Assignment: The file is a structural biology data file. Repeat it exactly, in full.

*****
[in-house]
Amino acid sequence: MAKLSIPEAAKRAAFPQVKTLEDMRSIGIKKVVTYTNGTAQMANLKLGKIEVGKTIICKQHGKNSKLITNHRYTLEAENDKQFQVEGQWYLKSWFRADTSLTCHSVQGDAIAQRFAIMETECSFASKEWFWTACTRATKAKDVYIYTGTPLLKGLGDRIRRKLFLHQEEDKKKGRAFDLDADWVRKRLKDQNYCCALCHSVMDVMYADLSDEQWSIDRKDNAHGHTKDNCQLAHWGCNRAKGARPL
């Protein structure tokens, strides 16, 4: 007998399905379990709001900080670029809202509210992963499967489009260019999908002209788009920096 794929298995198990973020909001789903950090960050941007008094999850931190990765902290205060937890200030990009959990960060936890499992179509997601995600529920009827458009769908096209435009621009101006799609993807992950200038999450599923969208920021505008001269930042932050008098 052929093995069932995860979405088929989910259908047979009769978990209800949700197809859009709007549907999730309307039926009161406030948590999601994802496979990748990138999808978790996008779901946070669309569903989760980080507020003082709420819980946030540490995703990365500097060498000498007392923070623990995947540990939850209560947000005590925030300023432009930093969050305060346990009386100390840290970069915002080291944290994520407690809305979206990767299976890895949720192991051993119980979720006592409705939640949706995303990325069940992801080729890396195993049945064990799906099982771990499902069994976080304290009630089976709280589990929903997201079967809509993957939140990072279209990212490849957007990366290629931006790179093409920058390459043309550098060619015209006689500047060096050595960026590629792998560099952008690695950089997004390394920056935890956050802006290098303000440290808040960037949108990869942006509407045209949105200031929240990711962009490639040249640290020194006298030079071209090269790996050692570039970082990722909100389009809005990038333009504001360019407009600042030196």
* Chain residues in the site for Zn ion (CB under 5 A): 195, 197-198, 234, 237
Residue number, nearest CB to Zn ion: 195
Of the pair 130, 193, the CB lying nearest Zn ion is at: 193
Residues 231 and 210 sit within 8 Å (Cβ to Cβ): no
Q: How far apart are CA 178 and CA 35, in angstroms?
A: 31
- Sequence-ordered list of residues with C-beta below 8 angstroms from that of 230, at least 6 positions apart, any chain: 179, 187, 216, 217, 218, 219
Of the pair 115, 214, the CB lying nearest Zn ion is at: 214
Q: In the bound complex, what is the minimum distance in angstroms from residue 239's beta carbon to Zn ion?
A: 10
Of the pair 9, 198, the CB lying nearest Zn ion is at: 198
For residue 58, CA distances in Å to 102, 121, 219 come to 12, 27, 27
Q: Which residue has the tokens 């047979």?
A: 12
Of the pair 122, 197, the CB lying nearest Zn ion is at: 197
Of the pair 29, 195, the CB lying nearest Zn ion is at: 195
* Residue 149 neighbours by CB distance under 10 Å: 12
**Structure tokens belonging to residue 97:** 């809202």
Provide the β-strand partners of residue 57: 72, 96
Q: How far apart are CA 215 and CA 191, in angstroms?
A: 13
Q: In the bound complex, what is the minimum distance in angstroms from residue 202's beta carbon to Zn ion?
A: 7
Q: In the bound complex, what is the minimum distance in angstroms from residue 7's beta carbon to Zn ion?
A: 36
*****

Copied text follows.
[in-house]
Amino acid sequence: MAKLSIPEAAKRAAFPQVKTLEDMRSIGIKKVVTYTNGTAQMANLKLGKIEVGKTIICKQHGKNSKLITNHRYTLEAENDKQFQVEGQWYLKSWFRADTSLTCHSVQGDAIAQRFAIMETECSFASKEWFWTACTRATKAKDVYIYTGTPLLKGLGDRIRRKLFLHQEEDKKKGRAFDLDADWVRKRLKDQNYCCALCHSVMDVMYADLSDEQWSIDRKDNAHGHTKDNCQLAHWGCNRAKGARPL
């Protein structure tokens, strides 16, 4: 007998399905379990709001900080670029809202509210992963499967489009260019999908002209788009920096 794929298995198990973020909001789903950090960050941007008094999850931190990765902290205060937890200030990009959990960060936890499992179509997601995600529920009827458009769908096209435009621009101006799609993807992950200038999450599923969208920021505008001269930042932050008098 052929093995069932995860979405088929989910259908047979009769978990209800949700197809859009709007549907999730309307039926009161406030948590999601994802496979990748990138999808978790996008779901946070669309569903989760980080507020003082709420819980946030540490995703990365500097060498000498007392923070623990995947540990939850209560947000005590925030300023432009930093969050305060346990009386100390840290970069915002080291944290994520407690809305979206990767299976890895949720192991051993119980979720006592409705939640949706995303990325069940992801080729890396195993049945064990799906099982771990499902069994976080304290009630089976709280589990929903997201079967809509993957939140990072279209990212490849957007990366290629931006790179093409920058390459043309550098060619015209006689500047060096050595960026590629792998560099952008690695950089997004390394920056935890956050802006290098303000440290808040960037949108990869942006509407045209949105200031929240990711962009490639040249640290020194006298030079071209090269790996050692570039970082990722909100389009809005990038333009504001360019407009600042030196």
* Chain residues in the site for Zn ion (CB under 5 A): 195, 197-198, 234, 237
Residue number, nearest CB to Zn ion: 195
Of the pair 130, 193, the CB lying nearest Zn ion is at: 193
Residues 231 and 210 sit within 8 Å (Cβ to Cβ): no
Q: How far apart are CA 178 and CA 35, in angstroms?
A: 31
- Sequence-ordered list of residues with C-beta below 8 angstroms from that of 230, at least 6 positions apart, any chain: 179, 187, 216, 217, 218, 219
Of the pair 115, 214, the CB lying nearest Zn ion is at: 214
Q: In the bound complex, what is the minimum distance in angstroms from residue 239's beta carbon to Zn ion?
A: 10
Of the pair 9, 198, the CB lying nearest Zn ion is at: 198
For residue 58, CA distances in Å to 102, 121, 219 come to 12, 27, 27
Q: Which residue has the tokens 């047979």?
A: 12
Of the pair 122, 197, the CB lying nearest Zn ion is at: 197
Of the pair 29, 195, the CB lying nearest Zn ion is at: 195
* Residue 149 neighbours by CB distance under 10 Å: 12
**Structure tokens belonging to residue 97:** 């809202």
Provide the β-strand partners of residue 57: 72, 96
Q: How far apart are CA 215 and CA 191, in angstroms?
A: 13
Q: In the bound complex, what is the minimum distance in angstroms from residue 202's beta carbon to Zn ion?
A: 7
Q: In the bound complex, what is the minimum distance in angstroms from residue 7's beta carbon to Zn ion?
A: 36